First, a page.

I know many are anxious to put this year behind us and get back to “normal,” and I am right there with them all. It’s a year of hardship that exposed and widened the deep divides in our culture and world. Frankly, it was disheartening, especially while raising a small child. “Love your neighbor as yourself.” “Do unto others as you would have them do unto you.” As historian Tom Holland points out in Dominion, these are the foundations of Western civilization, even if Western civilization no longer thinks much about who laid that foundation. My prayer for the year to come is that the wisdom and grace of Jesus will shape my family, your family, and our world if we let it.
2019 was a year of adjustments. I guess most years are in some way, but this one felt like a big one as Dolly and I settled into parenting. As it turns out, having a baby at home affects every aspect of life – sleep, free time, travel, worship, work, social life, and everything else. Because of that, this year doesn’t feel as flashy on the surface, although we did experience some awesome things as a family of three. Here are some of the highlights:
At the end of January, I “retired” from my part-time job on the Ethos Church tech team. I helped set up and tear down at The Cannery for nearly a decade, so it was bittersweet to see that chapter end. That said, I do not miss waking up at 5 AM on Sundays.
Truthfully, I don’t remember much from January, February, or March aside from caring for Blaise around the clock, and Dolly did more of that than I did.
For my birthday in early April, we traveled to Indianapolis and Indiana Dunes National Park. It was a nice getaway for the most part (except the weird Airbnb run by a Polish family), but also an eye-opening experience of what vacations will look like for a while.
Later that same month we all traveled to West Virginia where Dolly was shooting a wedding. It was another fun trip with a few bumps and blowouts.
May was mostly a whirlwind as we packed and prepared to move on Memorial Day weekend. We are so thankful for the year and a half we got to rent my sister’s family’s house (while they moved away for a job), and we are equally grateful they are back in Nashville so Blaise can be near more of his cousins. We are now renting my parents’ condo in Nashville as we continue to save up for a house.
June started off with a bang as we drove to Florida to visit Dolly’s family, and also to partake in Momocation 2019 (our family vacation planned by my mom). We got to spend time at Universal Studios and Legoland with the whole DeLong / Belville / Irvine crew of sixteen people – great memories and lots of sweat.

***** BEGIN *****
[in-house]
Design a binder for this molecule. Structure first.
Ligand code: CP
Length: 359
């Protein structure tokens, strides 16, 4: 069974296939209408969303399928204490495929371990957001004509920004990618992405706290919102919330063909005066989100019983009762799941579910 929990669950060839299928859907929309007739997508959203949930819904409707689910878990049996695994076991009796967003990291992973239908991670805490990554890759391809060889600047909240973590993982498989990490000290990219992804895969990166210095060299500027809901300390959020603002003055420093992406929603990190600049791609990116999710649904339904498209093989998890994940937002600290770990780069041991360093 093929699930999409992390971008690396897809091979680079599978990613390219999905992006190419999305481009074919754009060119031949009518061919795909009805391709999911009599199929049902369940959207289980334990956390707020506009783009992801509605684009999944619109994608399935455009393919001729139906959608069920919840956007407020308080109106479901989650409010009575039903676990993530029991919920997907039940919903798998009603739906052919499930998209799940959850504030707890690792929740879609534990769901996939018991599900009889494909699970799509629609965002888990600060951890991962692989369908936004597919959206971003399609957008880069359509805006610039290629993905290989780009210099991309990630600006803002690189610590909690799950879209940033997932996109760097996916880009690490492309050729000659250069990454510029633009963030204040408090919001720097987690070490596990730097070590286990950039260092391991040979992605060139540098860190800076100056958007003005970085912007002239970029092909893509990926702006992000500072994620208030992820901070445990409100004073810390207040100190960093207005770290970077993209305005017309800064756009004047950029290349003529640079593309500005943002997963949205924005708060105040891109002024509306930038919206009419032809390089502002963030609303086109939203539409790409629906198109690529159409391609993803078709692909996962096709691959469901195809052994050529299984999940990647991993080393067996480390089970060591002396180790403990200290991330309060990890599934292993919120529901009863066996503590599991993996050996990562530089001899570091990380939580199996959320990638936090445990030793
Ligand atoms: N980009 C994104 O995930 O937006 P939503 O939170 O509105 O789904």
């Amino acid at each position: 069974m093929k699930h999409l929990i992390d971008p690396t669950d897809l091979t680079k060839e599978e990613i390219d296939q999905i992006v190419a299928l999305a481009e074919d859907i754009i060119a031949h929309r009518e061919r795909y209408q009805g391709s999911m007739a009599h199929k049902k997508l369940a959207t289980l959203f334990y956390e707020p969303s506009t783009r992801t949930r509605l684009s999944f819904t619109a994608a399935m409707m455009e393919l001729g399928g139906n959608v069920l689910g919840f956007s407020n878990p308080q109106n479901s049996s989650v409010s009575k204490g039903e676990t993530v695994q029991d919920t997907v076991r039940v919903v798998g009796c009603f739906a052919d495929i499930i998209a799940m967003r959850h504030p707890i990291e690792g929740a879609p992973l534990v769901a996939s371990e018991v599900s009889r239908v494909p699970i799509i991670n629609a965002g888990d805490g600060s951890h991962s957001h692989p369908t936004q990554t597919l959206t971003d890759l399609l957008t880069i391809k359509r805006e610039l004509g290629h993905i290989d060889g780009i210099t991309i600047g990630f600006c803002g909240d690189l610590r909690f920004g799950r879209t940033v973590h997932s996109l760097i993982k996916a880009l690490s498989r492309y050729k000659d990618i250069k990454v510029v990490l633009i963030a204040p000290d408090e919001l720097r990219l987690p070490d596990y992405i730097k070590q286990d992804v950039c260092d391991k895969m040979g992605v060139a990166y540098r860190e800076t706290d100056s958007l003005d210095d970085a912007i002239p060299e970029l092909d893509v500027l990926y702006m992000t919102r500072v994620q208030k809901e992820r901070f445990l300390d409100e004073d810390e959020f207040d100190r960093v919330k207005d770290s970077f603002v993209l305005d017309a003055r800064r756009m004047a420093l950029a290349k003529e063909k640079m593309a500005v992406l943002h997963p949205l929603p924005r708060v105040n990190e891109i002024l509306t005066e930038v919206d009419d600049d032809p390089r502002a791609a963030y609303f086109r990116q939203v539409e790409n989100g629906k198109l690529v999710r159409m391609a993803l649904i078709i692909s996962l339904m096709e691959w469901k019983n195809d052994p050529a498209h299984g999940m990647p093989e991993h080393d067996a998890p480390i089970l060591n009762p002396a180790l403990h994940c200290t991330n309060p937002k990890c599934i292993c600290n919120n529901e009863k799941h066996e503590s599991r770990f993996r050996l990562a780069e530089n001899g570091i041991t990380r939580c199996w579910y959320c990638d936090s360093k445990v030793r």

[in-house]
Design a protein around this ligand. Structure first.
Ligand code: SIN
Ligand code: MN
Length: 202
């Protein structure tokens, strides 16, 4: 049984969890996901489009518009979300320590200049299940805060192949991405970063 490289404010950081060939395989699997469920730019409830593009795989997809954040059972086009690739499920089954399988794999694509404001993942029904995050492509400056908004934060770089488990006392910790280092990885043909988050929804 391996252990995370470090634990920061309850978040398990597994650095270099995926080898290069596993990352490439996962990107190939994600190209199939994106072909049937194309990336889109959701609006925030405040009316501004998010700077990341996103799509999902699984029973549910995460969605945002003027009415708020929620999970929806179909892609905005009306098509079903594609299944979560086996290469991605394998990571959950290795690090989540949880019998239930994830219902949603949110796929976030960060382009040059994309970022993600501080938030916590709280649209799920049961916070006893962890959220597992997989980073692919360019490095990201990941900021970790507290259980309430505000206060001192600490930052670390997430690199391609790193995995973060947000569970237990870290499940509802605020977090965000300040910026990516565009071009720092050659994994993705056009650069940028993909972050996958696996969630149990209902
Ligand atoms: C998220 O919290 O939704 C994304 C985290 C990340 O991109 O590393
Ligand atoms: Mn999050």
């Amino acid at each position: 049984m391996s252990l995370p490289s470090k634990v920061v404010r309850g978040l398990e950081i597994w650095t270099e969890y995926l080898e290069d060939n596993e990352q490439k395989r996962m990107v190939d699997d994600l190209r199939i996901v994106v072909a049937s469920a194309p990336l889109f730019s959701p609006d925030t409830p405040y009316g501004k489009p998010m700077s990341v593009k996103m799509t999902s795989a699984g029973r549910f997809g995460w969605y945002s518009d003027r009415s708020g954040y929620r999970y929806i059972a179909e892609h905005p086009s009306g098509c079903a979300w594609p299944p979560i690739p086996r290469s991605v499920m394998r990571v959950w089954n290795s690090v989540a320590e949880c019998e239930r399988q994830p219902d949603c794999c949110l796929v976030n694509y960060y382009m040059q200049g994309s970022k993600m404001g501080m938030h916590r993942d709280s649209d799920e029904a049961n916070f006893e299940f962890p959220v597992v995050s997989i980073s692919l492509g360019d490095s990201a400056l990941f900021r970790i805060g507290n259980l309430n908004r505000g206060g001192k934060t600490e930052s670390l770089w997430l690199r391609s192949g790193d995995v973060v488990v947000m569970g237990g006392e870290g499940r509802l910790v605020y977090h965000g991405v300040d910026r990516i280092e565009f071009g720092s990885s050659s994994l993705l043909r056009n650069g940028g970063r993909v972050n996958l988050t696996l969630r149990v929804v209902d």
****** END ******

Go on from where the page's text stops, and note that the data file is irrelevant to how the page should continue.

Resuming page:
For July 4th we once again visited Ohio to see my grandma. It was good to spend a little bit of time with her, even if Blaise ate too much soft serve and puked in the parking lot of Chilly Willy’s, the local ice cream and burger place.
All year Dolly poured herself into her photography business. She did portraits for over fifty families, a number of weddings, and even a few branding sessions for local business owners. Her determination is impressive as she grows her business and juggles full-time motherhood.
On a related note, we did a Grow Class over the summer with Ethos which was focused on the practice of sabbath. Since then, we have been trying (with mixed results) to truly rest on Sundays and follow the rhythm of slowing down once a week.
In August we were counting down the days until we could escape the Nashville heat and go on our family trip to New England. At the end of the month we visited Maine, Vermont, and New Hampshire. Highlights included Acadia National Park and a maple syrup farm in Vermont. Once again, heading north was just the thing to revive us from summer in the South.
In early fall, the opportunity fell in front of us to once again lead an Ethos house church and partner with Siloam Health to welcome a refugee family in Nashville. As everything lined up, we thought for sure it had to be God’s hand opening the door for us. To this point, things haven’t turned out quite how we had envisioned, but we’re hoping that rebooting in the new year may yield more fruit.
Late in September, we had to put my step-cat Bella to sleep due to a number of chronic health issues. She lived fourteen long years. A part of me was sad to see her quirky personality go, although I don’t miss cleaning her litter box or paying for her prescription food.
In October I was promoted to leading a small team in my job at Kindful. The team will focus on our API, partner integrations, and data services. We’ve been transitioning over the past couple of months to fully launch the new structure in January.
Fall with Blaise was a lot of fun – pumpkin patches, playing in leaves, trick-or-treating, and all the rest. I think it will be even more fun next year when he understands a little more of what’s going on.
I got to see a few great shows this year – Earth Groans and Oh, Sleeper at The End, August Burns Red at Marathon Music Works, and Empty, Comrades, and My Epic, also at The End. Going to shows always awakens a little part inside me that doesn’t stir much these hectic days.